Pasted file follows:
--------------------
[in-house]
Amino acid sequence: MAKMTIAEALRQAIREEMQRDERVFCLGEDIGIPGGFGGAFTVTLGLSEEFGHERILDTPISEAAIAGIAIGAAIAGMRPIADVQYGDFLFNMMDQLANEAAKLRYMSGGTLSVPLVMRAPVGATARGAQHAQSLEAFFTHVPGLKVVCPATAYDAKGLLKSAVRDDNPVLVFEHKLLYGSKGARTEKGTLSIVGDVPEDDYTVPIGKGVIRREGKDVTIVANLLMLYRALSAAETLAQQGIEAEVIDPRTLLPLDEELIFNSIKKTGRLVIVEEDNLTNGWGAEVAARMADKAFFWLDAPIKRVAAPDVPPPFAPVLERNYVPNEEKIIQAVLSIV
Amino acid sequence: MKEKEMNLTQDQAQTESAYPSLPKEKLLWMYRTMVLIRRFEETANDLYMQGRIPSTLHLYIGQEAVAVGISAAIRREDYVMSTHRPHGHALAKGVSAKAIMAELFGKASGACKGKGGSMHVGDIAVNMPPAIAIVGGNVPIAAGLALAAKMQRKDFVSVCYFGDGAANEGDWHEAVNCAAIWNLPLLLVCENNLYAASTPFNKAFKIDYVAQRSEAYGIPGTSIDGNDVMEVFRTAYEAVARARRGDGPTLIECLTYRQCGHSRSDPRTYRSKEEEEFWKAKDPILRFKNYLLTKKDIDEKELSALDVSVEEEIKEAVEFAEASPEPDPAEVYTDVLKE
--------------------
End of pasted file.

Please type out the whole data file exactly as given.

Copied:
[in-house]
Amino acid sequence: MAKMTIAEALRQAIREEMQRDERVFCLGEDIGIPGGFGGAFTVTLGLSEEFGHERILDTPISEAAIAGIAIGAAIAGMRPIADVQYGDFLFNMMDQLANEAAKLRYMSGGTLSVPLVMRAPVGATARGAQHAQSLEAFFTHVPGLKVVCPATAYDAKGLLKSAVRDDNPVLVFEHKLLYGSKGARTEKGTLSIVGDVPEDDYTVPIGKGVIRREGKDVTIVANLLMLYRALSAAETLAQQGIEAEVIDPRTLLPLDEELIFNSIKKTGRLVIVEEDNLTNGWGAEVAARMADKAFFWLDAPIKRVAAPDVPPPFAPVLERNYVPNEEKIIQAVLSIV
Amino acid sequence: MKEKEMNLTQDQAQTESAYPSLPKEKLLWMYRTMVLIRRFEETANDLYMQGRIPSTLHLYIGQEAVAVGISAAIRREDYVMSTHRPHGHALAKGVSAKAIMAELFGKASGACKGKGGSMHVGDIAVNMPPAIAIVGGNVPIAAGLALAAKMQRKDFVSVCYFGDGAANEGDWHEAVNCAAIWNLPLLLVCENNLYAASTPFNKAFKIDYVAQRSEAYGIPGTSIDGNDVMEVFRTAYEAVARARRGDGPTLIECLTYRQCGHSRSDPRTYRSKEEEEFWKAKDPILRFKNYLLTKKDIDEKELSALDVSVEEEIKEAVEFAEASPEPDPAEVYTDVLKE